Newer cars that connect to the internet can collect vast amounts of data about drivers, such as where you went to dinner, if you broke the speed limit or if your seat belt was buckled.
Automakers, insurers, high-tech firms, city planners and advertisers are among those who could use data to refine services.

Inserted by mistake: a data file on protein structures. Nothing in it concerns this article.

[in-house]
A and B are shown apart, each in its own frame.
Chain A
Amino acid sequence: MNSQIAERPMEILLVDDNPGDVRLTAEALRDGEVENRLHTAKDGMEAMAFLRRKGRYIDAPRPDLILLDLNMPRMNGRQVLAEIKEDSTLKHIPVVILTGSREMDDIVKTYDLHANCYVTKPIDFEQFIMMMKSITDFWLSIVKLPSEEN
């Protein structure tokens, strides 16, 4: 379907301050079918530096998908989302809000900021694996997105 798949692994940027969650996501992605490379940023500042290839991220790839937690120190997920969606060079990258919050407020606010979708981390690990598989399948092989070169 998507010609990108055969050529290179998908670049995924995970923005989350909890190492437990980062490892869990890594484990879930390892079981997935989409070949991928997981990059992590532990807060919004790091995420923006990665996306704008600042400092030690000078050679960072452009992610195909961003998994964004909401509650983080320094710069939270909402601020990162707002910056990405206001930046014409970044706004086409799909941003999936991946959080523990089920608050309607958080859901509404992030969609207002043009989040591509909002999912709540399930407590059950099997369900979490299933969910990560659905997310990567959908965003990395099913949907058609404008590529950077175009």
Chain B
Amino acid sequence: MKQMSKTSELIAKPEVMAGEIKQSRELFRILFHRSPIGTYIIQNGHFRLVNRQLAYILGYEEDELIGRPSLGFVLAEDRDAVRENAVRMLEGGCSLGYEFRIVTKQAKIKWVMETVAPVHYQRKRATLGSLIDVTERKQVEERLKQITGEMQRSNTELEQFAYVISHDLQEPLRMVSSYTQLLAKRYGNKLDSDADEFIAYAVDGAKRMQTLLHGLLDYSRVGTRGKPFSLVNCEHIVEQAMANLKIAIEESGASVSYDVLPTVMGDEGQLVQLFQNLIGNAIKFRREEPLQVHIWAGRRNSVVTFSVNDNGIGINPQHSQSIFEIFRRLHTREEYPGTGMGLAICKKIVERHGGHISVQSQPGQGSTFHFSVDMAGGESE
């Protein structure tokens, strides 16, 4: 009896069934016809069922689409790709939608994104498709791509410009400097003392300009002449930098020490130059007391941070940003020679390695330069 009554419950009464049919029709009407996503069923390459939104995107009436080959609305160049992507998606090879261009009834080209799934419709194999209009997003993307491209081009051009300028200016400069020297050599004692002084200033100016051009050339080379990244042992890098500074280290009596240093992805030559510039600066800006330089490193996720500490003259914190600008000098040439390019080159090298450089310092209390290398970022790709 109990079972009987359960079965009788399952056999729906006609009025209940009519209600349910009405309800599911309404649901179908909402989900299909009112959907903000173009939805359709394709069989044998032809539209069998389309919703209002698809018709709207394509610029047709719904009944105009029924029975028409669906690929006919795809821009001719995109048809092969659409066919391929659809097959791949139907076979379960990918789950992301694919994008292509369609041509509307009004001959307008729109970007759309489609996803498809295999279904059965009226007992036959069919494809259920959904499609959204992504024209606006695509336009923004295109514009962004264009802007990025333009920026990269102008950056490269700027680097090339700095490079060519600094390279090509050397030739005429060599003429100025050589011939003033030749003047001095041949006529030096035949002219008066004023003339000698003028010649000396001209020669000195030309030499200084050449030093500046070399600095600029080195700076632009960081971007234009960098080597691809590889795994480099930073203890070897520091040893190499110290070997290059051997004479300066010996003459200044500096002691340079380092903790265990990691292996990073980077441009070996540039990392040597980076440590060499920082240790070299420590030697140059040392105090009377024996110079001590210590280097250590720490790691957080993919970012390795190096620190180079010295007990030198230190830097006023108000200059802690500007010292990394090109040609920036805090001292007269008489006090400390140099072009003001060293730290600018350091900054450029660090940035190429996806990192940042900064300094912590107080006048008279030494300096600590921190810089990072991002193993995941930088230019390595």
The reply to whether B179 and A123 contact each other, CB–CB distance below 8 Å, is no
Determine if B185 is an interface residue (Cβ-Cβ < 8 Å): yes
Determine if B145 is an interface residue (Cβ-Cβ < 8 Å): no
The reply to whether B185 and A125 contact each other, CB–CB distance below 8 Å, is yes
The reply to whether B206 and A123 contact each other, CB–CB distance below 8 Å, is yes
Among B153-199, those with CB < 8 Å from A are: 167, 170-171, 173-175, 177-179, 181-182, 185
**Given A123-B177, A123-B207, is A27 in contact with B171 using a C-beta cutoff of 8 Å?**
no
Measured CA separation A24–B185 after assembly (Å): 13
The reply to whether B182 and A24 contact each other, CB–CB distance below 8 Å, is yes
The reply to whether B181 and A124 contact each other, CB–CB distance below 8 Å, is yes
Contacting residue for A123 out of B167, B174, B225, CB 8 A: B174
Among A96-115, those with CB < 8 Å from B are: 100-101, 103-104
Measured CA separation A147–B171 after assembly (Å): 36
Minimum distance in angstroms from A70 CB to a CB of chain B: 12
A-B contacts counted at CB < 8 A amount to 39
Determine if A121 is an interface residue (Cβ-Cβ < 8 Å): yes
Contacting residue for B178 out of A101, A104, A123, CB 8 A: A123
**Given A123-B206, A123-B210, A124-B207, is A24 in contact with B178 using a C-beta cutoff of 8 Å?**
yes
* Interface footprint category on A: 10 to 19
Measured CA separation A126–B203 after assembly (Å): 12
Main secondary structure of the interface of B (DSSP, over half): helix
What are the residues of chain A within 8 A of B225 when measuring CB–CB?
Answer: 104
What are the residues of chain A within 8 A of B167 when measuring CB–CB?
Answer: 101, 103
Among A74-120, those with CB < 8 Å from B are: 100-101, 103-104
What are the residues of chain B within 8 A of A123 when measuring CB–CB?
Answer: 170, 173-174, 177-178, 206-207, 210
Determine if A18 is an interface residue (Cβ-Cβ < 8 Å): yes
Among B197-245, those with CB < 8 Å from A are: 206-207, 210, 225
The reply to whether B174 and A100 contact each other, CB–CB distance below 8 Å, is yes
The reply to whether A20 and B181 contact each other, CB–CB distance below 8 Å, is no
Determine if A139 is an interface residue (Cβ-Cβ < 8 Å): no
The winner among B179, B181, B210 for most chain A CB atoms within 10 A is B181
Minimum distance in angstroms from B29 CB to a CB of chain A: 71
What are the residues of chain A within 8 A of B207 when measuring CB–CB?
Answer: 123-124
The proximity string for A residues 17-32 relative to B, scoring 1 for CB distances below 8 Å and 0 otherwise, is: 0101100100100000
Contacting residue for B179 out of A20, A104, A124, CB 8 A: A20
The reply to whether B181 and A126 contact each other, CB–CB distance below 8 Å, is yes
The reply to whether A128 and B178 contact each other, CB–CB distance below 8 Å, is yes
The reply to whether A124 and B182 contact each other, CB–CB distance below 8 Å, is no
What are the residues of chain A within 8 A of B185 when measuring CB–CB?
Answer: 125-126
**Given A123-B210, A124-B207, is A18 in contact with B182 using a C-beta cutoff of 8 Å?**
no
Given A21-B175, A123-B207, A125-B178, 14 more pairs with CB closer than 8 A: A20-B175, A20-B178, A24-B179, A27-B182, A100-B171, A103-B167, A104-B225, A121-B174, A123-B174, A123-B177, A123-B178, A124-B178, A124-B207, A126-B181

Drivers could share data in exchange for navigation systems, or they could pay extra for perks like a parking spot finder.
Big tech firms are competing with traditional car companies like Ford to map our world in the detail required to get driverless cars on the road
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